Hours after the Supreme Court (SC) on Monday lifted the status quo on construction of the coastal road project worth Rs 12,000 crore, the Brihanmumbai Municipal Corporation (BMC) started piling-work at Amarson Garden. The Supreme Court modified a Bombay high court (HC) order from April and allowed contractors to proceed with works that have already commenced, but directed that there should be no new work in any new area.
The Supreme Court on Monday said that the contractors and the BMC may complete work on the coastal road project that has already commenced “at their own risk”. Mohan Machiwala, chief engineer for the coastal road project sad that, they will follow what the court orders and work will be carried out according to that.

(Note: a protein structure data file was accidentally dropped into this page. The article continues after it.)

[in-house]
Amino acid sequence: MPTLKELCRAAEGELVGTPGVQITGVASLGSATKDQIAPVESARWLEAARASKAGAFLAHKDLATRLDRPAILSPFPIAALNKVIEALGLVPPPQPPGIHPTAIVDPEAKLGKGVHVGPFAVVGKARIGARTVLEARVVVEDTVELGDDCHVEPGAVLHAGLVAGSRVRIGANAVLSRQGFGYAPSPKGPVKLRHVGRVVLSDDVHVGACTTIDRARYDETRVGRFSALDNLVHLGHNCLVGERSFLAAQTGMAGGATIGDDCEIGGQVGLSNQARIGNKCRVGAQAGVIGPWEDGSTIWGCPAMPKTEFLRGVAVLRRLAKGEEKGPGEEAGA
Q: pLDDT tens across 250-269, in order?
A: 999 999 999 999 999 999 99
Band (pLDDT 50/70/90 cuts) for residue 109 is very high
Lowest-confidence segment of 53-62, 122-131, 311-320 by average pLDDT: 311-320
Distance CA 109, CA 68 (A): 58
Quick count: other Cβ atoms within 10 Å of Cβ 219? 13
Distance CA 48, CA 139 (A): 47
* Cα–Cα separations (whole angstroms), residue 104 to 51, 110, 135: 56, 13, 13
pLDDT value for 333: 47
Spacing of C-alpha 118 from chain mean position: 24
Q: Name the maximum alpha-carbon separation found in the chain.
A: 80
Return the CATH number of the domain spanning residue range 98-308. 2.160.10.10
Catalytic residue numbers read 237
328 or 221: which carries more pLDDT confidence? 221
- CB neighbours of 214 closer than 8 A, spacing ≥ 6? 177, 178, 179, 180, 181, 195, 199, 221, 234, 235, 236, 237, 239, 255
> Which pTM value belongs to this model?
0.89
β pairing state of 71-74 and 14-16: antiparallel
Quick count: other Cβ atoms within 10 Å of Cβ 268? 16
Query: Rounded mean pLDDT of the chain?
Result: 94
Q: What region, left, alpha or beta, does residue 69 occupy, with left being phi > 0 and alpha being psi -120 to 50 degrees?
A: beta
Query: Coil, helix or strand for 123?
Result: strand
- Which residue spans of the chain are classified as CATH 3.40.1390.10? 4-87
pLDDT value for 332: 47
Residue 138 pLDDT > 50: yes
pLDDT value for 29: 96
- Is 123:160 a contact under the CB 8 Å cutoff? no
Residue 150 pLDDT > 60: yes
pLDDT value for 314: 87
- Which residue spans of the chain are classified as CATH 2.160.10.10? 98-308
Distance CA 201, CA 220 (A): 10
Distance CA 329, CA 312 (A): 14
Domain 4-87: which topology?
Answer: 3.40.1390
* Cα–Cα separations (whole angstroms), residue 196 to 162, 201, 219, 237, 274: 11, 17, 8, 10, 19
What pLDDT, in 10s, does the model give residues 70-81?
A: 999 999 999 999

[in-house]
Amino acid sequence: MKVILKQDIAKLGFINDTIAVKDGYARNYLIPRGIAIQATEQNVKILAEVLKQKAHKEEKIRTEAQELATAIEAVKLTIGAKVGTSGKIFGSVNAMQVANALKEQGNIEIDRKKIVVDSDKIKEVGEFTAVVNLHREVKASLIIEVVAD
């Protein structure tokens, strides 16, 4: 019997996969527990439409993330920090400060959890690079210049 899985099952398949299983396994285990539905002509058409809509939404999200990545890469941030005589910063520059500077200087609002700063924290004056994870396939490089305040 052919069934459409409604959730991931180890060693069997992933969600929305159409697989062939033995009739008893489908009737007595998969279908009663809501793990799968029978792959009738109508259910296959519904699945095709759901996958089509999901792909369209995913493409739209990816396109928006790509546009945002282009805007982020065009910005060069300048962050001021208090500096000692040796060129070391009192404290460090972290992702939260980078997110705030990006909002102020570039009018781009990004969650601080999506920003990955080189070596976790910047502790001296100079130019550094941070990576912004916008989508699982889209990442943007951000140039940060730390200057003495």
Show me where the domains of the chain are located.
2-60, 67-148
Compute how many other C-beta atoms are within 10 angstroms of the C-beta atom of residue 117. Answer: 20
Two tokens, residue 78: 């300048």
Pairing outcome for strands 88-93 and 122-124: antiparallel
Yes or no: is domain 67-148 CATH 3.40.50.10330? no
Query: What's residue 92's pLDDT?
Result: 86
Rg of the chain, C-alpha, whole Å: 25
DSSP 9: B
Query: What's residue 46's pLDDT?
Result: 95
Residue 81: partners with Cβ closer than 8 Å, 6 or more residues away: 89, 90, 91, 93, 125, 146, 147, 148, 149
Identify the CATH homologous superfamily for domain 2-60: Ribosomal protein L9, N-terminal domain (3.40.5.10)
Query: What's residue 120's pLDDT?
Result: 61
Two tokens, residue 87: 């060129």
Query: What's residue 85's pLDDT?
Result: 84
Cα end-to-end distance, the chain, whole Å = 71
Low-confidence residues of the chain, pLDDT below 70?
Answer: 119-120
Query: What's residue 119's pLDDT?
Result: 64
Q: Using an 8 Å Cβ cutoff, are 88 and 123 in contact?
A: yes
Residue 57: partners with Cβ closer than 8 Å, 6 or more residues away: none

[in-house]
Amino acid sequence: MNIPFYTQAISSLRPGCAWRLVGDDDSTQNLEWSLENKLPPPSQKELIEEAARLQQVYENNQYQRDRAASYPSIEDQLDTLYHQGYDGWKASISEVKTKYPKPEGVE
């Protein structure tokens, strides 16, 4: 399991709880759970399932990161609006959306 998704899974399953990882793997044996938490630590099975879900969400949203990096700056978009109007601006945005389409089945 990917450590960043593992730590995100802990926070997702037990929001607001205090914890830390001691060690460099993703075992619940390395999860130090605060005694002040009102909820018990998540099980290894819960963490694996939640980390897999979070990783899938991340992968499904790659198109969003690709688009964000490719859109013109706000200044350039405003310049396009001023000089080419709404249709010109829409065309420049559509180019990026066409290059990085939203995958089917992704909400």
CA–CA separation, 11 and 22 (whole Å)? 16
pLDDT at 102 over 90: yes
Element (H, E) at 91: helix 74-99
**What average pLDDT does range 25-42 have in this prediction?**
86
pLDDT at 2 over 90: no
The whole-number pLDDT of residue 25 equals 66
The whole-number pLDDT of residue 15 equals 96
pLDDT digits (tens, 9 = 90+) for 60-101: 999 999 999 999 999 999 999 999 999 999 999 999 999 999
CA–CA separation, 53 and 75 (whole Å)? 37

Two PILs were filed by activists and Society for Improvement of Greenery and Nature , an NGO, saying the project would have an adverse effect upon marine ecology in those sections of the city coastline.
In April, the HC heard petitions against the cutting of trees at Amarson Garden at Bhulabhai Desai Road and on the lack of environment clearance for the project. The BMC was stopped from carrying out further work till April 23. Following this, the BMC turned to the SC, seeking permission to continue work.
In light of the SC’s modification of the HC order, activists said the civic body cannot reclaim any further land for the project. BMC officials say they will continue with the existing work. The ambitious 29.2 km-long coastal road will connect south Mumbai to the western, coastal suburbs, using a combination of tunnels, roads on reclaimed land and elevated roads. As per the BMC’s plans, it will start from Princess Street Flyover, Marine Lines to Kandivli. It will have eight lanes, with two dedicated bus lanes. The HC is expected to hear the PILs challenging the coastal road project in June.